(A) Course of postoperative eye position in patients with non-static stereopsis. (B) Course of postoperative eye position in patients with static stereopsis.

Discussion

Current studies on early surgery of infantile esotropia have conflicting views on whether early surgery before the age of 6 months during the period of visual susceptibility can result in good eye alignment with stereopsis.1-4

We investigated how postoperative ocular alignment and binocular visual function of patients with infantile esotropia is influenced by early surgery and also estimated the course of eye alignment and stereopsis and reviewed the benefits of early surgery. Our results showed that five of nine patients (55.6%) achieved static stereopsis with TST (100–400 seconds of arc) and no patient attained refined stereopsis at final examination. However, van Selm reported the necessity of a longer follow up of the postoperative binocular visual function.8 We intended to observe the long term changes of visual function in our patients.

Wright et al suggested the concept of “the time window of binocular development” as the period before irreversible damage occurs on visual function.2 They also suggested that optimum timing of surgery might be 2½–3 months of age to obtain a good binocular function. Animal studies revealed that anatomical and functional development of binocular vision occurs rapidly and early after birth, and is susceptible to abnormal visual experiences.9 10 Chino recommends early surgery (before 4 months of ages) in congenital strabismus.11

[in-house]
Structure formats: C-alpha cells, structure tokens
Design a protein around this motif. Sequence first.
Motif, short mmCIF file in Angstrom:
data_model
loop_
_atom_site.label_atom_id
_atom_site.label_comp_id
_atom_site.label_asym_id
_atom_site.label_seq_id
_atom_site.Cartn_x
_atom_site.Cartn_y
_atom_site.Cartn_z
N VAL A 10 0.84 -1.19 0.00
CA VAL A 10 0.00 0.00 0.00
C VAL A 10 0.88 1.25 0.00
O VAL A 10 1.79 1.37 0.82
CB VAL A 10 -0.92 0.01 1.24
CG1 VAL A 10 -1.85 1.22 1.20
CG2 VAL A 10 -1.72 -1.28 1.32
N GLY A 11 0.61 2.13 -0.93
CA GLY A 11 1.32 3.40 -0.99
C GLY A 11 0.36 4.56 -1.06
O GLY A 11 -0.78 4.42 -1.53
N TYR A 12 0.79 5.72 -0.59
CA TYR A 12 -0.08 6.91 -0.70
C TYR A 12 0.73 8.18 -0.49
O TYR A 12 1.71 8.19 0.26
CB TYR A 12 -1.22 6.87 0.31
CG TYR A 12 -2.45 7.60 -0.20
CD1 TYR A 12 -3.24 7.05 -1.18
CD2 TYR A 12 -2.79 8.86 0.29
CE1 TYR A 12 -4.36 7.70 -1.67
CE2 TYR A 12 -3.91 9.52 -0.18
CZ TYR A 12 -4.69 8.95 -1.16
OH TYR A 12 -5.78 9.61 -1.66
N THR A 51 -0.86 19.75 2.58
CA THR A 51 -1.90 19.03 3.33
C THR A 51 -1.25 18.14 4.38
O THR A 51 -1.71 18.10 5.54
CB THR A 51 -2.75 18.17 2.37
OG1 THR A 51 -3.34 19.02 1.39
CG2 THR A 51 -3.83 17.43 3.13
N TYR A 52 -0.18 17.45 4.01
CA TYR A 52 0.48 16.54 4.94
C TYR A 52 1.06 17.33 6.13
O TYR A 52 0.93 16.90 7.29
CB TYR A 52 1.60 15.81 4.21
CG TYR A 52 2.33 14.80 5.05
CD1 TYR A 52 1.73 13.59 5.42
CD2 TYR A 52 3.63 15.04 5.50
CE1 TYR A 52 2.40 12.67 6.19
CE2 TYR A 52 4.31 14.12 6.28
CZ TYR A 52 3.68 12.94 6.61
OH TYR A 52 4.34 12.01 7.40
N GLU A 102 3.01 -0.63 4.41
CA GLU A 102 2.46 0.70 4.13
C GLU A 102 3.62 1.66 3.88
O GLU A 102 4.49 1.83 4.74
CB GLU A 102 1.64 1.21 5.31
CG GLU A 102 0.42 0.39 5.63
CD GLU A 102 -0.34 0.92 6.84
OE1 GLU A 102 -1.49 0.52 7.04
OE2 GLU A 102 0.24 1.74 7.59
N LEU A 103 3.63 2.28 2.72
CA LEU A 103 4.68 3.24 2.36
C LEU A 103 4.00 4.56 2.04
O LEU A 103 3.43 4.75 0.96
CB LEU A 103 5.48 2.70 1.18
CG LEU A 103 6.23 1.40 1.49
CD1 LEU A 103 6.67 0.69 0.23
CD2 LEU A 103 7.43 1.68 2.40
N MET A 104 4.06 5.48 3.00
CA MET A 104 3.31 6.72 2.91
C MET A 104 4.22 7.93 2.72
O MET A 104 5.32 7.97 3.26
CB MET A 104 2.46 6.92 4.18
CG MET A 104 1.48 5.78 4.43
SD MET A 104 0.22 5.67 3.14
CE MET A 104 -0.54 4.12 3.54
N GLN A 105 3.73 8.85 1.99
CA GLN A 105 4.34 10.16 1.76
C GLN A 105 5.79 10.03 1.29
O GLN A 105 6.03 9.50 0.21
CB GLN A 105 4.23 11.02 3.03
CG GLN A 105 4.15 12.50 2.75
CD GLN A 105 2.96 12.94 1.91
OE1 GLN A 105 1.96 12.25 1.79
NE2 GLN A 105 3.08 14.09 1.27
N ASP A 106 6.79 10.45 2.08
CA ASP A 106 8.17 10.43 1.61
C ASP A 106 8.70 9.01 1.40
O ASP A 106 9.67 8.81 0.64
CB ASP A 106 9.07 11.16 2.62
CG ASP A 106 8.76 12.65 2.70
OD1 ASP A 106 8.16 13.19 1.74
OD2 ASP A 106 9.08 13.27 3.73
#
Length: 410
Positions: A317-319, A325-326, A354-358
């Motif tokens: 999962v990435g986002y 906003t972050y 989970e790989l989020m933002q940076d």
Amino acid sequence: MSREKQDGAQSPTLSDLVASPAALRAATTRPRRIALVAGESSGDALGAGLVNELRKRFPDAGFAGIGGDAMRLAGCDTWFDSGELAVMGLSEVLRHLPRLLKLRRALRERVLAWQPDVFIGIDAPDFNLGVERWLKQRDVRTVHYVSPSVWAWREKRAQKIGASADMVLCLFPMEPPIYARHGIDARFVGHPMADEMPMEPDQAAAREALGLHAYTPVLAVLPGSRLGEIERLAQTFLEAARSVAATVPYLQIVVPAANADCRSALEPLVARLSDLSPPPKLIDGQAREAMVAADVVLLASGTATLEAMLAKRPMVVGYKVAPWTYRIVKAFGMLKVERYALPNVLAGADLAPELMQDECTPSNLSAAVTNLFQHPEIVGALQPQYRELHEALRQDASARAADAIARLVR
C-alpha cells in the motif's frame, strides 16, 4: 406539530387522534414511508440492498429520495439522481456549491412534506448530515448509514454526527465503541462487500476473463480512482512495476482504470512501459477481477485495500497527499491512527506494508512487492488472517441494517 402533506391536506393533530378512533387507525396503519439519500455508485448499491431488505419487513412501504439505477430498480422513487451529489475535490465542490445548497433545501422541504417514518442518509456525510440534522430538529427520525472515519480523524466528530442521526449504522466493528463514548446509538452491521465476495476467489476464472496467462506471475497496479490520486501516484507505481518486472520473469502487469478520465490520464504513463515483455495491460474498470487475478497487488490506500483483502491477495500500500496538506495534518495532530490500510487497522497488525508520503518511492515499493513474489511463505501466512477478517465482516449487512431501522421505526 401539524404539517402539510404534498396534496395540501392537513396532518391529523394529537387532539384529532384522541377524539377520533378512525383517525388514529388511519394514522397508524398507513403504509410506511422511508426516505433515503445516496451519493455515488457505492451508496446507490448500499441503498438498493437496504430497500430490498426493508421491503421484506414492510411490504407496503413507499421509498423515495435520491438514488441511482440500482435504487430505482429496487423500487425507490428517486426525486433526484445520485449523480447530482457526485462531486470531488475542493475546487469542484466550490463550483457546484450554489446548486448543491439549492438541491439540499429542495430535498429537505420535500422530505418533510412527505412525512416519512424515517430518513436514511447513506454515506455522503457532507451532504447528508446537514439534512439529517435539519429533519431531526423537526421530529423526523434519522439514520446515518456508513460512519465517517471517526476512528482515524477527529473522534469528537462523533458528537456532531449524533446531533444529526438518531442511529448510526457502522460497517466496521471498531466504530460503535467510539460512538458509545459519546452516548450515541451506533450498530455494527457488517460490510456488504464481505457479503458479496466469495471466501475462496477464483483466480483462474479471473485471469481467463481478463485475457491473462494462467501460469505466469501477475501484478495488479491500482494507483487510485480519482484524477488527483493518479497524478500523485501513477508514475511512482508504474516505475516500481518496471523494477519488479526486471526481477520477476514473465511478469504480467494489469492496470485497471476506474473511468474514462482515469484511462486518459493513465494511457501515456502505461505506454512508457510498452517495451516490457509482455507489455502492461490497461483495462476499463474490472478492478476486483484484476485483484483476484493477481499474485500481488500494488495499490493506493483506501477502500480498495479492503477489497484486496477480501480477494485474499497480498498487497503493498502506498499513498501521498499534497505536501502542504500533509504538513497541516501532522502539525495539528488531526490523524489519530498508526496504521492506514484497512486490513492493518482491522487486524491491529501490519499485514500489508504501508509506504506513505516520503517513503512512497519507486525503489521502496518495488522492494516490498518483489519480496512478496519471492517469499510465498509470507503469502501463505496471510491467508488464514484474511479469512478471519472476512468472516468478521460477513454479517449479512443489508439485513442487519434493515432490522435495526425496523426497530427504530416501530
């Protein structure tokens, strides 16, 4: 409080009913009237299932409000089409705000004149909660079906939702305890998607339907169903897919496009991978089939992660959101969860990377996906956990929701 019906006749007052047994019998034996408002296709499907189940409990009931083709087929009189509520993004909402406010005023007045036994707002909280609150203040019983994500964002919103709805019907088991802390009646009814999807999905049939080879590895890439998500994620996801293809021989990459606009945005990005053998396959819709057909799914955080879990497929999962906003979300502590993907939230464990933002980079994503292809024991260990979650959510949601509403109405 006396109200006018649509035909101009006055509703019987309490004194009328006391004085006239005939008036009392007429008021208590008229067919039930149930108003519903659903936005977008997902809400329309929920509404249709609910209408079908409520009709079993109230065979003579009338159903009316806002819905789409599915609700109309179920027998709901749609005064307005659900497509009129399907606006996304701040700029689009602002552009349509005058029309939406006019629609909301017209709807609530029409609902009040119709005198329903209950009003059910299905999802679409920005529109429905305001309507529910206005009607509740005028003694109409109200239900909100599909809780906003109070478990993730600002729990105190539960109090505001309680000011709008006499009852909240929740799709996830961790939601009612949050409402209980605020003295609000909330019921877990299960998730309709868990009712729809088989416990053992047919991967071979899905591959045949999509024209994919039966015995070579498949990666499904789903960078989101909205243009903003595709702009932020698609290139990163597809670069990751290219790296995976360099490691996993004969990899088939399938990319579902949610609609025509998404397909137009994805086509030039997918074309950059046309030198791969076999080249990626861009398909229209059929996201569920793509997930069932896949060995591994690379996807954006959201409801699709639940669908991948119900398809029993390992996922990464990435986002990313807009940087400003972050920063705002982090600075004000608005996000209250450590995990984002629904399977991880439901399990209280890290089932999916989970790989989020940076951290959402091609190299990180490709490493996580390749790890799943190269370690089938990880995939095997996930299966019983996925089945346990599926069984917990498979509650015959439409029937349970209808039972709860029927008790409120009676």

The range of age at surgery in our patients (before age 8 months) was older compared with the other reports. The average timing of surgery in patients with or without stereopsis was almost identical. We thus could not find a relation between the outcome of stereopsis and the timing of surgery similar to other reports.2-5

However, authors who believe that very early surgery is less advantageous do so because of the difficulties of accurate evaluation of the eye position and a high incidence of attaining spontaneous remission at an extremely early age.4-6 We examined the eye position and movement many times before surgery to rule out an unstable angle of deviation and a paralytic component. We believe this is of utmost importance to obtain a successful surgical outcome.

Most infants in whom stereopsis was attained in this study had satisfactory eye alignment during the follow up after surgery and at final examination. Infants who did not achieve stereopsis still had deviation throughout the follow up period. We think that it is important to observe the status of visual and ocular motor functions during the entire critical period in order to estimate the development of binocular vision. It is also our strong belief that patients with early onset strabismus should receive surgery as soon as possible. Maintenance of proper eye alignment should be checked regularly afterwards to achieve a desirable binocular visual function.

Acknowledgments

This paper was presented at the 9th International Orthoptic Congress, 20–23 June 1999, in Stockholm, Sweden. The authors have no proprietary interest in any of the products mentioned in this paper.

References